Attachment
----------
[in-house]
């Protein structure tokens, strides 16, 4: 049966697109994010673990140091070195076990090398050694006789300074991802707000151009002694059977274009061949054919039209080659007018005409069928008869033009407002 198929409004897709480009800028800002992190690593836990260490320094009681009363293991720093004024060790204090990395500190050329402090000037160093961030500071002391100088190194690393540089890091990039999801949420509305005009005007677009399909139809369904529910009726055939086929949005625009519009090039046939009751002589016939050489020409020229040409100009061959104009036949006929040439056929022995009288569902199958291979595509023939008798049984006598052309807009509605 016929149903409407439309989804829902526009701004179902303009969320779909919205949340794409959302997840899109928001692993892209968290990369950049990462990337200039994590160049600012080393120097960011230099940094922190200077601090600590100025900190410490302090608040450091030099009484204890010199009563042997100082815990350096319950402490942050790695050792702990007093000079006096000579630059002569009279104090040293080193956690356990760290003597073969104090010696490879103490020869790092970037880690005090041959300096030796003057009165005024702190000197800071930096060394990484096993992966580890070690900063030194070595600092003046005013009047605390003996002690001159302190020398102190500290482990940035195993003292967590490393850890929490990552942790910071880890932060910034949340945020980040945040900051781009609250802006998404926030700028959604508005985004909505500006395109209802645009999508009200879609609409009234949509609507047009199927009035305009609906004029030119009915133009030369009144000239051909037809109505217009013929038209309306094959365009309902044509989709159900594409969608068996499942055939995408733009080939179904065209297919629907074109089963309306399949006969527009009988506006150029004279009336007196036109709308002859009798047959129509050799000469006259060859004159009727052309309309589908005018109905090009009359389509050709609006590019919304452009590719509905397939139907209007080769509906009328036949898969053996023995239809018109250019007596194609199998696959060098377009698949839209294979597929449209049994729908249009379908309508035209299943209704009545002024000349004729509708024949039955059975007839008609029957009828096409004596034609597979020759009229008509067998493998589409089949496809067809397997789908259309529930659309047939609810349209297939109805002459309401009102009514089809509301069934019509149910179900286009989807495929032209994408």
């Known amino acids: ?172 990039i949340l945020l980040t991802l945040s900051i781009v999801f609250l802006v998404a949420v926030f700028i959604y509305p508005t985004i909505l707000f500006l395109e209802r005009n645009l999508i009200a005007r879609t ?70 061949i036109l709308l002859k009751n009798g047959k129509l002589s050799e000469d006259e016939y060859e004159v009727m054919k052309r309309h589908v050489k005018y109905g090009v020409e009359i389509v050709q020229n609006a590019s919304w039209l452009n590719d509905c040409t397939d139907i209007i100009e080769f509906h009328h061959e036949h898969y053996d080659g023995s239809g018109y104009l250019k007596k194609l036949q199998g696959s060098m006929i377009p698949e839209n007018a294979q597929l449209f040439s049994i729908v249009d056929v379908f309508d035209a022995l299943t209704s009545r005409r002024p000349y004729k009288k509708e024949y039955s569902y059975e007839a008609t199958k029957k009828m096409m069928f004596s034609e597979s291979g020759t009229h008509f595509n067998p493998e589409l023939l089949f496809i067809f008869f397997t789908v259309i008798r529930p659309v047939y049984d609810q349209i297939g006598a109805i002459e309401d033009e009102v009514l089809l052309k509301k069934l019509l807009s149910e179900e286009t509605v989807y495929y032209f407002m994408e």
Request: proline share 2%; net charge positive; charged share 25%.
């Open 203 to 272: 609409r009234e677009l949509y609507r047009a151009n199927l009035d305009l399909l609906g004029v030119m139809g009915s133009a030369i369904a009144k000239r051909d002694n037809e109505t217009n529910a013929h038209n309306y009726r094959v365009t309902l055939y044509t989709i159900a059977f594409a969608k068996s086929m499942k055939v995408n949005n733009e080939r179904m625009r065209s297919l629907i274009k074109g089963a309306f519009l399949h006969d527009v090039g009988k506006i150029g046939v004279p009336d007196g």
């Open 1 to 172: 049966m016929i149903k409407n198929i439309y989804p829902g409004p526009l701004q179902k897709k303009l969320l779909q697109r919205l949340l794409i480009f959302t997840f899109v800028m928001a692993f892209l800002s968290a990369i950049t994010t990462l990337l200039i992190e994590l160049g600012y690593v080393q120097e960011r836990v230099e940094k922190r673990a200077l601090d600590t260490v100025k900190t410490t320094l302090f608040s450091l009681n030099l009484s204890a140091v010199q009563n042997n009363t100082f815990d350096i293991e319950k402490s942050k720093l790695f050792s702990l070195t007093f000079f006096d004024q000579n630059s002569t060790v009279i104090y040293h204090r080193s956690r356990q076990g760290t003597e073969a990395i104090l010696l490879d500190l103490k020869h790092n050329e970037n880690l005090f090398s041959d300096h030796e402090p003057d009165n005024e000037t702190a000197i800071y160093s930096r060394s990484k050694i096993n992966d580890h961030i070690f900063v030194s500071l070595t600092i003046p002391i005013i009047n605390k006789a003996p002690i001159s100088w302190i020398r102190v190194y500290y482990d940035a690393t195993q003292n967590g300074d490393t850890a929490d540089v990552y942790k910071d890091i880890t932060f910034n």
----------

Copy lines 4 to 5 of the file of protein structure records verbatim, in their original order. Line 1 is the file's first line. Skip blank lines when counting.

Request: proline share 2%; net charge positive; charged share 25%.
């Open 203 to 272: 609409r009234e677009l949509y609507r047009a151009n199927l009035d305009l399909l609906g004029v030119m139809g009915s133009a030369i369904a009144k000239r051909d002694n037809e109505t217009n529910a013929h038209n309306y009726r094959v365009t309902l055939y044509t989709i159900a059977f594409a969608k068996s086929m499942k055939v995408n949005n733009e080939r179904m625009r065209s297919l629907i274009k074109g089963a309306f519009l399949h006969d527009v090039g009988k506006i150029g046939v004279p009336d007196g």